U.K. corporate pension funding deficits increased in July as liability growth outpaced assets, said Mercer and JLT Employee Benefits.
The U.K.'s 350 largest companies saw a 16.8% increase in the total deficit of their defined benefit funds in July to £139 billion ($182 billion), according to Mercer's latest pensions risk survey data. Deficits have more than doubled since the end of 2015.
Liabilities rose 5.3% over the month to a record £856 billion, outpacing a 3.3% increase in assets to £717 billion. The funded status dropped about 1.6 percentage points to 83.8% at the end of July.
“The fall in corporate bond yields over the last two months has now broadly matched the fall in gilt yields. This means that both the measure of deficit used for reporting in company accounts, as well as the deficit figure used by pension scheme trustees as a basis for determining cash contribution requirements are now likely to be considerably higher following the (June 23) Brexit vote,” said Ali Tayyebi, senior partner in Mercer's retirement business, in a news release accompanying the data.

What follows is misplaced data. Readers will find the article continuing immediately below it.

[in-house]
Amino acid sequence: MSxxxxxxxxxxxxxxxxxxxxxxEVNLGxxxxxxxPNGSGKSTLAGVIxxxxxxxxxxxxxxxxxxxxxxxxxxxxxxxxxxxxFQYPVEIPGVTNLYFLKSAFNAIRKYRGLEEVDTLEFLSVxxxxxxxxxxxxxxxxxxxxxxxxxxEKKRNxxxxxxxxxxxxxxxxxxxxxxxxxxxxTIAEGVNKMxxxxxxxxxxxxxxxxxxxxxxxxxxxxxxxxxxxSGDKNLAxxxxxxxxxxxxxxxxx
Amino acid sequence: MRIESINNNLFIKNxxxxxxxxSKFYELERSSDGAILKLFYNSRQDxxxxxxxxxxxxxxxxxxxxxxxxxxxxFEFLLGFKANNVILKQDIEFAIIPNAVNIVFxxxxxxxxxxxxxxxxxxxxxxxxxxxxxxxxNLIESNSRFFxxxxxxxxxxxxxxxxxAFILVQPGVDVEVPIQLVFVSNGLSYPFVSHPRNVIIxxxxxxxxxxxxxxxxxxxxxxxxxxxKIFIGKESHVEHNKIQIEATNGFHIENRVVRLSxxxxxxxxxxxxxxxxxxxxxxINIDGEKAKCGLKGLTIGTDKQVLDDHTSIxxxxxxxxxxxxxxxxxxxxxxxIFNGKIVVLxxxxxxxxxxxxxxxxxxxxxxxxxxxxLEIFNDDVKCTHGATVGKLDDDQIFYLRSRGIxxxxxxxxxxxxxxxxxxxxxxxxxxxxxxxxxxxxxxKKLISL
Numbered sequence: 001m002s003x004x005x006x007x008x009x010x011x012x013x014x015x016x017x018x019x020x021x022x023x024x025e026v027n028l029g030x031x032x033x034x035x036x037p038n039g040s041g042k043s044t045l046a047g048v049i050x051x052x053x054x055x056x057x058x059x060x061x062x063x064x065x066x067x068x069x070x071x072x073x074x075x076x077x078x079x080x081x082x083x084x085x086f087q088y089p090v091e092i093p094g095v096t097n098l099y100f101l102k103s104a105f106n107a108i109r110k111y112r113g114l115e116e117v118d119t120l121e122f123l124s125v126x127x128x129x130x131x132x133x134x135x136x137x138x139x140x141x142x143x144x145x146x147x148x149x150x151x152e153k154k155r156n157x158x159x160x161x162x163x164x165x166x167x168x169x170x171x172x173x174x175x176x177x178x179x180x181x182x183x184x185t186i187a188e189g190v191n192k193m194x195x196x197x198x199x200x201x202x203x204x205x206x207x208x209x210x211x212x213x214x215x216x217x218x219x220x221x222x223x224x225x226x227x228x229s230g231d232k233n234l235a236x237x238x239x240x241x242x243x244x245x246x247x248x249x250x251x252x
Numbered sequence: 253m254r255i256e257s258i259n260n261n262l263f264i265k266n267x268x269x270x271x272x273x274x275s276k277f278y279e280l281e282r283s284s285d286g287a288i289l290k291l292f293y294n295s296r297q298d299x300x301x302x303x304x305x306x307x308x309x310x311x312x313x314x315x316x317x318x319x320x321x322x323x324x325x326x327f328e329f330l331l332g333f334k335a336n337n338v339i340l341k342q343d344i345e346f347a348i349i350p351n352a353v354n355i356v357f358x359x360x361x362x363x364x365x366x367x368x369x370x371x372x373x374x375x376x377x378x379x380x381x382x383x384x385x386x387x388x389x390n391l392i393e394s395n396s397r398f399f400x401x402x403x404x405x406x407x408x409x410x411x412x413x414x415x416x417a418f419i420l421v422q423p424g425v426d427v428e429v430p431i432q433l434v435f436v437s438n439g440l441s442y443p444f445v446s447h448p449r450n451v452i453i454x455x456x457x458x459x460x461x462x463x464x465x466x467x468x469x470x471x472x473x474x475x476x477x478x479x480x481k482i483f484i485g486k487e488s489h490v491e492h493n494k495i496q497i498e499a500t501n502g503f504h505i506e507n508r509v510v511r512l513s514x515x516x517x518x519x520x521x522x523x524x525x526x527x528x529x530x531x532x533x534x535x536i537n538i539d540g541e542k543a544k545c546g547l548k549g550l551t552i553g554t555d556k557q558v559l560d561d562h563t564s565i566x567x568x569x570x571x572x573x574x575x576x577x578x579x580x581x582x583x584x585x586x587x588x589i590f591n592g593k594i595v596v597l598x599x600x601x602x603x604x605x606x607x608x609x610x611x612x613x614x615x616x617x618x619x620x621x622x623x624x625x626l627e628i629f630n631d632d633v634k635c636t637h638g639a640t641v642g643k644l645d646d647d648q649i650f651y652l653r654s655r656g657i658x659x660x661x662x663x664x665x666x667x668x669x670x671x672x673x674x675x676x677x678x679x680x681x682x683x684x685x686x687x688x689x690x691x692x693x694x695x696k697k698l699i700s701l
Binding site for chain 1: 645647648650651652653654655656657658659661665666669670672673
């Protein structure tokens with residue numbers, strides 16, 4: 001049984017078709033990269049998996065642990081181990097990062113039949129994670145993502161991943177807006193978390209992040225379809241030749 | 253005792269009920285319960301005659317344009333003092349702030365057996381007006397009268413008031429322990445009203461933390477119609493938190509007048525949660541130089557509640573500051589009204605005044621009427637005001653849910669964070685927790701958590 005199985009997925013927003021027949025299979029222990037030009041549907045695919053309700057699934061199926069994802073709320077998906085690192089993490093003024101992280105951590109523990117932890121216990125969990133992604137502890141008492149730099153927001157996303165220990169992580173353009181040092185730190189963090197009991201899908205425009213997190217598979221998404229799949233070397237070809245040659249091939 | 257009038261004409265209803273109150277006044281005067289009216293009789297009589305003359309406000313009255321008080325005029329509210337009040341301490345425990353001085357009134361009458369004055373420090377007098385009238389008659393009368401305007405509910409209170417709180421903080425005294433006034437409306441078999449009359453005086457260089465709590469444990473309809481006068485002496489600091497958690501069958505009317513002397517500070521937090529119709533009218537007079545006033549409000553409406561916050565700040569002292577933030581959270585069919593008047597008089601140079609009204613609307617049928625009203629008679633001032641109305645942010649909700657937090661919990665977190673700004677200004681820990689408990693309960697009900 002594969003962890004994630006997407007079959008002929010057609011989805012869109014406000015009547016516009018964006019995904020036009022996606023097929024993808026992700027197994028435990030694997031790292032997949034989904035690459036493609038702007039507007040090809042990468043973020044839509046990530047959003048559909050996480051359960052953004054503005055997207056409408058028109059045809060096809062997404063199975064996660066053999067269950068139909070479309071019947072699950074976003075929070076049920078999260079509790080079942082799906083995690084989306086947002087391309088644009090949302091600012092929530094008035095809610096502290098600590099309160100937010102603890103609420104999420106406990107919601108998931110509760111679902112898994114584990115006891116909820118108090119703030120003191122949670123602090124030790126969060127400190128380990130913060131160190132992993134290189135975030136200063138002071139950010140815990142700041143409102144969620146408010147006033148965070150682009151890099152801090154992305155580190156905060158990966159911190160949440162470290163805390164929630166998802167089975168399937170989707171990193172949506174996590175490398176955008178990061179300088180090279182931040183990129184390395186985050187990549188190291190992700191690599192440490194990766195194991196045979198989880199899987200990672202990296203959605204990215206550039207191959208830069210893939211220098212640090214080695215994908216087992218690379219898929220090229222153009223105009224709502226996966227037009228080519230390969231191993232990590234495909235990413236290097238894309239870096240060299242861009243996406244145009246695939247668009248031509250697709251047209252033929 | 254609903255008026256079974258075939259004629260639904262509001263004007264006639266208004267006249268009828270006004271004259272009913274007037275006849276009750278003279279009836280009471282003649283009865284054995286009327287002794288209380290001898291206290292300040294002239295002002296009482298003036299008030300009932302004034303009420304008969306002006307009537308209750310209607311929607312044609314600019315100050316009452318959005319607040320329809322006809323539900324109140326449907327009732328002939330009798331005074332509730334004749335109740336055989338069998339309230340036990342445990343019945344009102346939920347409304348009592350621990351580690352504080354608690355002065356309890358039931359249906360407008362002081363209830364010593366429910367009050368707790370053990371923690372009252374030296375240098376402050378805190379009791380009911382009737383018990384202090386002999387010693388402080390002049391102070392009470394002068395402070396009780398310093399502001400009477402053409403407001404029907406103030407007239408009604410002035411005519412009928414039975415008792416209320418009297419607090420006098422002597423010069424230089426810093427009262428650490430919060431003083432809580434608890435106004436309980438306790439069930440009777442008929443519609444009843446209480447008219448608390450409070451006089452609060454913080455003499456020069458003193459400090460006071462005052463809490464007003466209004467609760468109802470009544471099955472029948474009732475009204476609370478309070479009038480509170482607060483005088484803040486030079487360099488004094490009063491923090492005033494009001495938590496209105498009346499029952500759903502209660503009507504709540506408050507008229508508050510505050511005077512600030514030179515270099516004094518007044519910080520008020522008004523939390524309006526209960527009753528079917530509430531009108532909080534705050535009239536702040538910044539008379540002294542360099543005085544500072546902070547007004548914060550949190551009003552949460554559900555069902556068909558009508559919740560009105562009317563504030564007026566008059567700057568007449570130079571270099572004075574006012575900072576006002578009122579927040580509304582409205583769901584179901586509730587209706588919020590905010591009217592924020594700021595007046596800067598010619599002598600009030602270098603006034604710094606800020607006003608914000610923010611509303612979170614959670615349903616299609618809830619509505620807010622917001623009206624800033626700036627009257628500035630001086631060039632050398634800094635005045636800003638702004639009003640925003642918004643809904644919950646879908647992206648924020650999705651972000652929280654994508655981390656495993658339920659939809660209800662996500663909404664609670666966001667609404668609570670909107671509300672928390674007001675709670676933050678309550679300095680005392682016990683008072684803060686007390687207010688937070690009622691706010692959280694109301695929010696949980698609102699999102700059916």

Le Roy van Zyl, senior consultant in Mercer's financial strategy group, added in the release: “In talking to trustees and sponsors over the past month, it is clear that the continued uncertainty following the EU referendum makes it a challenging environment to operate a pension scheme in.”
Mercer's data relate to about half of all U.K. pension fund liabilities.
According to JLT Employee Benefits, the total deficit of all corporate DB plans in the U.K. rose 14.4% in July to a record £390 billion and 52.9% over the year ended July 31. The funded status dropped 2 percentage points over the month and 5 percentage points over the 12 months ended July 31 to 78%.
FTSE 100 company pension funds saw their deficits increase 16.2% over the month and 67.9% over the year ended July 31 to £136 billion as of July 31. The funded status dropped 2 percentage points in July and 6 percentage points year-over-year to 81%.